Chapter 10 C4 Photosynthesis and Temperature

  • Rowan F. Sage
  • Ferit Kocacinar
  • David S. Kubien
Part of the Advances in Photosynthesis and Respiration book series (AIPH, volume 32)


C4 plants perform poorly at low temperature, in contrast to C3 vegetation. As a consequence, low ­numbers of C4 species occur at high latitude, high elevation, and during cooler growing seasons. The mechanisms explaining the poor performance of C4 species in colder climates have not been clearly identified. Early physiological perspectives indicate that C4 species fail at low temperature due to either low quantum yield of the C4 relative to the C3 pathway, or enzyme lability in the C4 cycle, most notably at PEP regeneration by pyruvate-Pi dikinase (PPDK). Alternatively, recent phylogenetic surveys show that all C4 lineages originated from C3 ancestors adapted to warm climates, indicating the failure of most C4 species in colder environments could reflect prior heat adaptation within their respective evolutionary lineages. Numerous C4 species have independently evolved cold tolerance; these plants allow for examination of C4 photosynthesis at low temperature without complications from chilling injury. Relative to ecologically-similar C3 species, chilling-adapted C4 species have similar or slightly reduced photosynthetic capacities below 10°C and, after cold acclimation, show no chilling lability of PPDK, PEP carboxylase or other enzymes of the C4 cycle. Cold-adapted C4 species have enhanced photoprotective capacity at low ­temperature as indicated by greater levels of antioxidants and carotenoid pigments. Rubisco capacity is similar to gross CO2 assimilation rate below 20°C in cold-adapted C4 species, indicating it is an important limitation on C4 photosynthesis at cool temperature. Acclimation and adaptation of C4 species to the cold does not overcome the apparent Rubisco limitation. It is likely that a ceiling on carbon gain by insufficient Rubisco capacity at low temperature may be a leading trait that maladapts the C4 pathway to cold regions of the earth.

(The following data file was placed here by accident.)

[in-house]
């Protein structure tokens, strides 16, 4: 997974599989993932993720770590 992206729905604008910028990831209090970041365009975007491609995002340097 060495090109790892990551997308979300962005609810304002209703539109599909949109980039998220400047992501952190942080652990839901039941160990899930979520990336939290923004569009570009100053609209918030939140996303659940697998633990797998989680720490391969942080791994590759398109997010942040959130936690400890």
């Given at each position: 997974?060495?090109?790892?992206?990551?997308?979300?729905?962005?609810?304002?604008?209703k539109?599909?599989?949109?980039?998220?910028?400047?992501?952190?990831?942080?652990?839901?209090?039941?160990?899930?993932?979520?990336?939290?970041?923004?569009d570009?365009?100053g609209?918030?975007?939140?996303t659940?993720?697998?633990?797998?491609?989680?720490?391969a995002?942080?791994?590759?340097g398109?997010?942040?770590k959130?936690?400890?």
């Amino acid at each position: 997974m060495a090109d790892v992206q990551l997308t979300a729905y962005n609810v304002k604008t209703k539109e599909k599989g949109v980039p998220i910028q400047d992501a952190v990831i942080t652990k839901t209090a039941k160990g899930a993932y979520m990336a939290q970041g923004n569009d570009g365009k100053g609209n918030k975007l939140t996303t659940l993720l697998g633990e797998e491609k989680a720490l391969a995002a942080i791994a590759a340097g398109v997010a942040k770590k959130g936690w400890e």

Bundle Sheath Bundle Sheath Cell Thermal Optimum RuBP Regeneration Capacity Grass Flora 
These keywords were added by machine and not by the authors. This process is experimental and the keywords may be updated as the learning algorithm improves.



– Net CO2 assimilation rate;


– Intercellular partial pressure of CO2;


– Ambient partial pressure of CO2;


– Phosphoenolpyruvate carboxylase;


– Pyruvate orthophosphate dikinase;


– Ribulose-1,5-bisphosphate carboxylase/oxygenase.



The authors are grateful for support from their national funding agencies, the Canadian Natural Science and Engineering Council (NSERC) which funded RF Sage and DS Kubien, and The Scientific and Technological Research Council of ­Turkey (TÜBİTAK) grant no: 106O384 to F. Kocacinar. We also thank Ms. Debbie Tam for technical assistance with the the work that was originally generated by the authors.


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Copyright information

© Springer Netherlands 2010

Authors and Affiliations

  • Rowan F. Sage
    • 1
  • Ferit Kocacinar
    • 2
  • David S. Kubien
    • 3
  1. 1.Department of Ecology and Evolutionary BiologyThe University of TorontoTorontoCanada
  2. 2.Faculty of ForestryKahramanmaras Sutcu Imam UniversityKahramanmarasTurkey
  3. 3.Department of BiologyUniversity of New BrunswickFrederictonCanada

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